The directions of the three mutually orthogonal unit vectors define the three so-called principal axes of rotation of the rigid body under investigation. These axes are special because when the body rotates about one of them (i.e., when is parallel to one of them) the angular momentum vector becomes parallel to the angular velocity vector . This can be seen from a comparison of Equation (466) and Equation (487).
Suppose that we reorient our Cartesian coordinate
axes so the they coincide with the mutually orthogonal principal axes of rotation. In this new reference frame, the eigenvectors of are the unit vectors,
, , and , and the eigenvalues
are the moments of inertia about these axes, , , and , respectively. These latter quantities are referred to as the
principal moments of inertia.
Note that the products of inertia are all zero in the new
reference frame. Hence, in this frame, the moment
of inertia tensor takes the form of a diagonal matrix: i.e.,
When expressed in our new coordinate system, Equation (466)
In conclusion, there are many great simplifications to be had by choosing a coordinate system whose axes coincide with the principal axes of rotation of the rigid body under investigation. But how do we determine the directions of the principal axes in practice?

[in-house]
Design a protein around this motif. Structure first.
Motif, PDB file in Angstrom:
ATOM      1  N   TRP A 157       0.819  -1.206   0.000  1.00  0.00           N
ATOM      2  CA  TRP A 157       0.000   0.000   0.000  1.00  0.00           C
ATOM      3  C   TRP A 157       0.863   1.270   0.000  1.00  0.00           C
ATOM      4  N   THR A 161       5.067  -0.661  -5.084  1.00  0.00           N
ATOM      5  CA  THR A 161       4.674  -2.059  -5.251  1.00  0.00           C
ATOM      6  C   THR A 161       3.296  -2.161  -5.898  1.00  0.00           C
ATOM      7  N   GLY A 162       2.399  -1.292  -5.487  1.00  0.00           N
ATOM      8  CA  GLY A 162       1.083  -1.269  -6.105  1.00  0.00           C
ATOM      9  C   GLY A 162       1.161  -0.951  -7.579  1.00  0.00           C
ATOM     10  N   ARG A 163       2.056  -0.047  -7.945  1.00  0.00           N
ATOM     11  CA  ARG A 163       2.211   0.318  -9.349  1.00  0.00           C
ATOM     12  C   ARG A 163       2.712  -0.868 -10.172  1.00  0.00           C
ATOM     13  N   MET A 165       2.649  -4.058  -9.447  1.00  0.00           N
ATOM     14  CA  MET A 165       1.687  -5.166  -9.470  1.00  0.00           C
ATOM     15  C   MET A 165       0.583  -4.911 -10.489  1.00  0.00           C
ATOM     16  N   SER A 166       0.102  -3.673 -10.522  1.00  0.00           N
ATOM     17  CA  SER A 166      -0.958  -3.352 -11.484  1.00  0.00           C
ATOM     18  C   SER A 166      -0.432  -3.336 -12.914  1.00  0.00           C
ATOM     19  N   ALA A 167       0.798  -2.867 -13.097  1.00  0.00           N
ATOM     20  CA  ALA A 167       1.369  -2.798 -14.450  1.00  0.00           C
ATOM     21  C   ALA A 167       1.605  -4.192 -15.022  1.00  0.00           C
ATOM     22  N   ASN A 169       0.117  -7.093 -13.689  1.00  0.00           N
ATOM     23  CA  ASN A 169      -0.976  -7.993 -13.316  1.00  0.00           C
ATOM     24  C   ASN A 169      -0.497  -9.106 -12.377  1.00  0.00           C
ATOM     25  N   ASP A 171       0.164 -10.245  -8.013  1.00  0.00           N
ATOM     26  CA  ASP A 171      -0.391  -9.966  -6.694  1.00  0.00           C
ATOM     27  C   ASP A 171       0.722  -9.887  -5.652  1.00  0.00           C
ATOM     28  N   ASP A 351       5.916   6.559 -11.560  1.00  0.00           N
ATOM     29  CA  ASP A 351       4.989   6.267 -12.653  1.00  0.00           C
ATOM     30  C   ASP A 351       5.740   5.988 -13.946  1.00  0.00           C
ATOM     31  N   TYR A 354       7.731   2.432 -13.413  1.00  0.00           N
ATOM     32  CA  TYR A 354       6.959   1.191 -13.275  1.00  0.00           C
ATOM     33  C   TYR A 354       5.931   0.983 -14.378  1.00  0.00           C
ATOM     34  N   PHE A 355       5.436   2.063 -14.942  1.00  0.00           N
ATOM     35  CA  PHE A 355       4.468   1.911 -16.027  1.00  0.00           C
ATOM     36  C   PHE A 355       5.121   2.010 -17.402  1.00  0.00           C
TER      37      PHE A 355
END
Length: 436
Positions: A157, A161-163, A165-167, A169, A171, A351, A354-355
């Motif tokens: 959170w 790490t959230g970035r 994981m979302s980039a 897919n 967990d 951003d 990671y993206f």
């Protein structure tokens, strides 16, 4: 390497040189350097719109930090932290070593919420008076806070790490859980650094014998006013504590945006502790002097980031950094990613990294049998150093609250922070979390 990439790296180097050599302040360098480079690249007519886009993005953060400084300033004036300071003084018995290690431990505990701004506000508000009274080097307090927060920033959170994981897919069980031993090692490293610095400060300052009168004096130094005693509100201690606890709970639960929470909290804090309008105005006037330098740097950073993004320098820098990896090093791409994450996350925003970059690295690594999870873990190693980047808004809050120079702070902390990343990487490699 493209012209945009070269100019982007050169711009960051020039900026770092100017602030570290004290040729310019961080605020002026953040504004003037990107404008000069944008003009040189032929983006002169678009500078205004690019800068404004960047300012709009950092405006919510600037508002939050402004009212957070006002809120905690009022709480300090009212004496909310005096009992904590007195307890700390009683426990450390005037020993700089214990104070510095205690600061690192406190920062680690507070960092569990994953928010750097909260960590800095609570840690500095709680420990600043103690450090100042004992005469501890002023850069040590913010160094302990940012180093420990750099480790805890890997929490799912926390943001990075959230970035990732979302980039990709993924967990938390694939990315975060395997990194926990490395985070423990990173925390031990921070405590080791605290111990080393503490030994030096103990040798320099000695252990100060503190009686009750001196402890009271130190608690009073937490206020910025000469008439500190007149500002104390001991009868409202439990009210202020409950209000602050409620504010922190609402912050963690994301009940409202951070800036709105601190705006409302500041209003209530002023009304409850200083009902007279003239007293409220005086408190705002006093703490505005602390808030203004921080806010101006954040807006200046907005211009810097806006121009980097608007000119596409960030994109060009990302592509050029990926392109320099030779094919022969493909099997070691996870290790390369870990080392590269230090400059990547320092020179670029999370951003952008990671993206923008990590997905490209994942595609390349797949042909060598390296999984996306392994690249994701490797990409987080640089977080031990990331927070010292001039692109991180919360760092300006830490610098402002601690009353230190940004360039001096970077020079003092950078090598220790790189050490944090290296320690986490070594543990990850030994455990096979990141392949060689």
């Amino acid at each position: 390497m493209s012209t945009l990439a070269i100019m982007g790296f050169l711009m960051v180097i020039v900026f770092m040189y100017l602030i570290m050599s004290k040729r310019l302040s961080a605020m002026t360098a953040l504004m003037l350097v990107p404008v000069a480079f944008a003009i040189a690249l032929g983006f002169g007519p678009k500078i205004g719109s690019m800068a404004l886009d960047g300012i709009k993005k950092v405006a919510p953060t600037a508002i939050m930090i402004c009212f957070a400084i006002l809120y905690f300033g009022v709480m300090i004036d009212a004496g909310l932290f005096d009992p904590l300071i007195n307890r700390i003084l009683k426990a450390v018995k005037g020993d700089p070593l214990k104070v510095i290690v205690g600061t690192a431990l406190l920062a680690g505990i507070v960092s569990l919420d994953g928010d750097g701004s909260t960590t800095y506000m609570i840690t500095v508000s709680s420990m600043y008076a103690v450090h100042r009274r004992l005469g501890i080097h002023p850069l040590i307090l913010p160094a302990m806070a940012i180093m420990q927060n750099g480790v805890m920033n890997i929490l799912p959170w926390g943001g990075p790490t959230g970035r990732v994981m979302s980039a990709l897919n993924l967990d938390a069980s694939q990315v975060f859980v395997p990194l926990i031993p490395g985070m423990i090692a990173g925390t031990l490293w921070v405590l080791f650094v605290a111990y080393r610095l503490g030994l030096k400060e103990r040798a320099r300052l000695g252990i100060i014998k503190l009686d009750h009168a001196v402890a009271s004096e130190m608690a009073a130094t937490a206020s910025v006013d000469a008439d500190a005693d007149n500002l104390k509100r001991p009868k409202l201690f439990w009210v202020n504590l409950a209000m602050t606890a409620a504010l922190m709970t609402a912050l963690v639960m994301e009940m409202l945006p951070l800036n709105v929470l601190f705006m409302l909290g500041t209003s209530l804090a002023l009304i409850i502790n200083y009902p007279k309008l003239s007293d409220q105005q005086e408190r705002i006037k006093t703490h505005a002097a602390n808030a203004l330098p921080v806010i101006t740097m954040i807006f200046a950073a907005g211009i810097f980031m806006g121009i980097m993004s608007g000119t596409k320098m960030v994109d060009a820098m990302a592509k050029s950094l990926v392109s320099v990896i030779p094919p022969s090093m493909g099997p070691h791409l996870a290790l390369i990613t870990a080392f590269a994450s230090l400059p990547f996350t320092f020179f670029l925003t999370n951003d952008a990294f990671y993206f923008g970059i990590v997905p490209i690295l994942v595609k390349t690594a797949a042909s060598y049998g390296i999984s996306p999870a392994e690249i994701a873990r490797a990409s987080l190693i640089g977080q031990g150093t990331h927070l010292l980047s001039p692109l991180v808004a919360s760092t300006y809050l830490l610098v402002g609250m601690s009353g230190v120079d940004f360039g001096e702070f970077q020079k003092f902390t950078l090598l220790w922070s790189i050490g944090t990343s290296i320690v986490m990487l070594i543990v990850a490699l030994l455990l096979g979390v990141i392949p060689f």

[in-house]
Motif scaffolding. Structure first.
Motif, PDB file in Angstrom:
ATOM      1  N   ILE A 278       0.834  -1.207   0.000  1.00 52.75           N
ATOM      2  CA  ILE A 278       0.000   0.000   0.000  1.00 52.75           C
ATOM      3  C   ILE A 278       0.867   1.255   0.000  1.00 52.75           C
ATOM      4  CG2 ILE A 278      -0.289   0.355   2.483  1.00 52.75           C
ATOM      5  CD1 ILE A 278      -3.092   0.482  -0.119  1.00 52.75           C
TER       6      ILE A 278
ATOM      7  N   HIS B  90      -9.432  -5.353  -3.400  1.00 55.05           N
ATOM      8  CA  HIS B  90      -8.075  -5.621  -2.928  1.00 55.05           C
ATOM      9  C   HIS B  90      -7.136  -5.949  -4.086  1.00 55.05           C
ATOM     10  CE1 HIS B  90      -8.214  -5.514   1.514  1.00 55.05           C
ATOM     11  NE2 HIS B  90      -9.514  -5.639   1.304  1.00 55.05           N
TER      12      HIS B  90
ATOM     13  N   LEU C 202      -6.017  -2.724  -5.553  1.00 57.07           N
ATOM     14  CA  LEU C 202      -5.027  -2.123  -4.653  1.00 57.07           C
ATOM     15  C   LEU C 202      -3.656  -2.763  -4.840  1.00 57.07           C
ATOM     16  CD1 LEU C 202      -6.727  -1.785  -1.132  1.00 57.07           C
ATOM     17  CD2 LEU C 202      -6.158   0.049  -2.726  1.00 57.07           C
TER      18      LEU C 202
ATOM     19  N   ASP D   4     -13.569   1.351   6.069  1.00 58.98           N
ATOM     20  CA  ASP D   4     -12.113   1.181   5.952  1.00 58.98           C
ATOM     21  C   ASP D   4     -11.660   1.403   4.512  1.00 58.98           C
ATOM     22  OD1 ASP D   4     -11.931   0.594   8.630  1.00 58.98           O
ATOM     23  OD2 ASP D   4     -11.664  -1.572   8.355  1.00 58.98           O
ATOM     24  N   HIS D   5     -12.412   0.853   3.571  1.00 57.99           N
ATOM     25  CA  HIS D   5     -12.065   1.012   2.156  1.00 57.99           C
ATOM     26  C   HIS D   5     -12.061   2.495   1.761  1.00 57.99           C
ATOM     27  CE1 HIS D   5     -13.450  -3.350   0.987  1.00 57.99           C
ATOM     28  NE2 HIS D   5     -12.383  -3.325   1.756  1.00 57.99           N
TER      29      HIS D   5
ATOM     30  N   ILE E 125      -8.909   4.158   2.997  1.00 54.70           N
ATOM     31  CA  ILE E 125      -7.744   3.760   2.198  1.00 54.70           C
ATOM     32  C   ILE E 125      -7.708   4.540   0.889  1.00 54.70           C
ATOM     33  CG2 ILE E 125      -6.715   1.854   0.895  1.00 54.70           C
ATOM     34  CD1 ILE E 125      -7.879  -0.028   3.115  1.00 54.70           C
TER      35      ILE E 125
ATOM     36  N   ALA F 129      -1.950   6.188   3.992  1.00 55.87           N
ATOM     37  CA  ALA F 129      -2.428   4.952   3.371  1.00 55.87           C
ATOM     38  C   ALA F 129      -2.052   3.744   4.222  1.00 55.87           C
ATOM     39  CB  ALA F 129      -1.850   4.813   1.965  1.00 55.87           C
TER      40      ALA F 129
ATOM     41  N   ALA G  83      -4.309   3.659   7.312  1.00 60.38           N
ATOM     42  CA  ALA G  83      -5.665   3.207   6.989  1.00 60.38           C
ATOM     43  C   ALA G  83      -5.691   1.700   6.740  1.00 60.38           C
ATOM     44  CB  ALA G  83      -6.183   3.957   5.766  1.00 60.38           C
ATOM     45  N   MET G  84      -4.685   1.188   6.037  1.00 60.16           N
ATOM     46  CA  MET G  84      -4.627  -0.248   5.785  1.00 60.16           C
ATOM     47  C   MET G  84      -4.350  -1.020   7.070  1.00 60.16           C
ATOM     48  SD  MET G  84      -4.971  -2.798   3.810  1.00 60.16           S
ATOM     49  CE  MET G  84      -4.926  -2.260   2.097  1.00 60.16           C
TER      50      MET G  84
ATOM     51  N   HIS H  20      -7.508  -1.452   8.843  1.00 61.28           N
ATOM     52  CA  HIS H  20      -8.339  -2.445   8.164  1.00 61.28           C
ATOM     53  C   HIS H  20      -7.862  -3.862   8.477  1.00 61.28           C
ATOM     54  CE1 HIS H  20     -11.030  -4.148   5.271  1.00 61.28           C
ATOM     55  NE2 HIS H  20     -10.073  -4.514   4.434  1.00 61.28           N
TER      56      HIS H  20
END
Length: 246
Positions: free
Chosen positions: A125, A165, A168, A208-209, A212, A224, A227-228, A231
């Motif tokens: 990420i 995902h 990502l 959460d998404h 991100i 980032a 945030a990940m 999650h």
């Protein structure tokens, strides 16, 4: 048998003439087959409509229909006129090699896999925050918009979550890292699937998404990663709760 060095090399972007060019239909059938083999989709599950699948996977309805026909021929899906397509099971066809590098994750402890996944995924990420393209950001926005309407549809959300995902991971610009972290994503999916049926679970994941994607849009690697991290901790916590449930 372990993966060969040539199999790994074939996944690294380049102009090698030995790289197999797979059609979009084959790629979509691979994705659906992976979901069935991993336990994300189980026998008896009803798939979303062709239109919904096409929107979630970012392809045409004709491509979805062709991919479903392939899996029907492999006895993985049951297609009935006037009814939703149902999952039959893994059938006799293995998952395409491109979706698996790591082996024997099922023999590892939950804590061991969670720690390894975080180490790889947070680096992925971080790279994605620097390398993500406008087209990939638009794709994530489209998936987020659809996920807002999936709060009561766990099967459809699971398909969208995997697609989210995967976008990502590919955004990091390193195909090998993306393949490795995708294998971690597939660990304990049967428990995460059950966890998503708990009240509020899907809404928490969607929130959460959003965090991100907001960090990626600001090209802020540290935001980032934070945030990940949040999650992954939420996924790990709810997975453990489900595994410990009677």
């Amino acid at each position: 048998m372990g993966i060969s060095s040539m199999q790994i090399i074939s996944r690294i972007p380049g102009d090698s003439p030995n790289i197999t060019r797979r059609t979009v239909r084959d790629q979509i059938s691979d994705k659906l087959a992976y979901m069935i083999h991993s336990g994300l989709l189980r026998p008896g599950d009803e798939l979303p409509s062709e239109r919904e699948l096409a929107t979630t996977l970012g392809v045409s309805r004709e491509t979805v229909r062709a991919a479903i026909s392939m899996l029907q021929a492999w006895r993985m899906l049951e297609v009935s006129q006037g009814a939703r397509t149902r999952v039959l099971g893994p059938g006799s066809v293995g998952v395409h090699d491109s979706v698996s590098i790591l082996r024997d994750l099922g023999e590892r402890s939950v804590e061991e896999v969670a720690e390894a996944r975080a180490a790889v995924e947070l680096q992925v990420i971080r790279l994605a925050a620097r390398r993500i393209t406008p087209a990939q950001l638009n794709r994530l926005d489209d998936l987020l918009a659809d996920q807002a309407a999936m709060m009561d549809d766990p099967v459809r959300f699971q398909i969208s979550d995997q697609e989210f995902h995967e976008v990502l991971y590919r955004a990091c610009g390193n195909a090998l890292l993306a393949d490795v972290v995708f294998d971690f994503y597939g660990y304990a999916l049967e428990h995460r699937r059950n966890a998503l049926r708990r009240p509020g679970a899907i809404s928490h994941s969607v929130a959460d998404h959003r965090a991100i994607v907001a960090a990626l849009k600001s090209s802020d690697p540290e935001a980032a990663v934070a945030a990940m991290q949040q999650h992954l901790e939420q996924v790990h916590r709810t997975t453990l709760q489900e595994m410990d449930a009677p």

Well, in general, we have to solve the eigenvalue equation
Fortunately, however, in many instances the rigid body under investigation possesses some kind of symmetry, so that at least one principal axis can be found by inspection. In this case, the other two principal axes can be determined as follows.
Suppose that the -axis is known to be a principal axes (at the origin)
in some coordinate system. It follows that the two products of inertia
and are zero [otherwise, would not be an eigenvector in Equation (492)]. The other two principal axes must lie in the
- plane: i.e., . It then follows that
The first two rows in the matrix equation (492) thus
As an example, consider a uniform rectangular lamina of mass and sides and which lies
in the - plane, as shown in Figure 29. Suppose that the axis of
rotation passes through the origin (i.e., through a corner of the lamina).
Since throughout the lamina, it follows from Equations (464) and
. Hence, the -axis
is a principal axis. After some straightforward integration, Equations (460)-(463) yield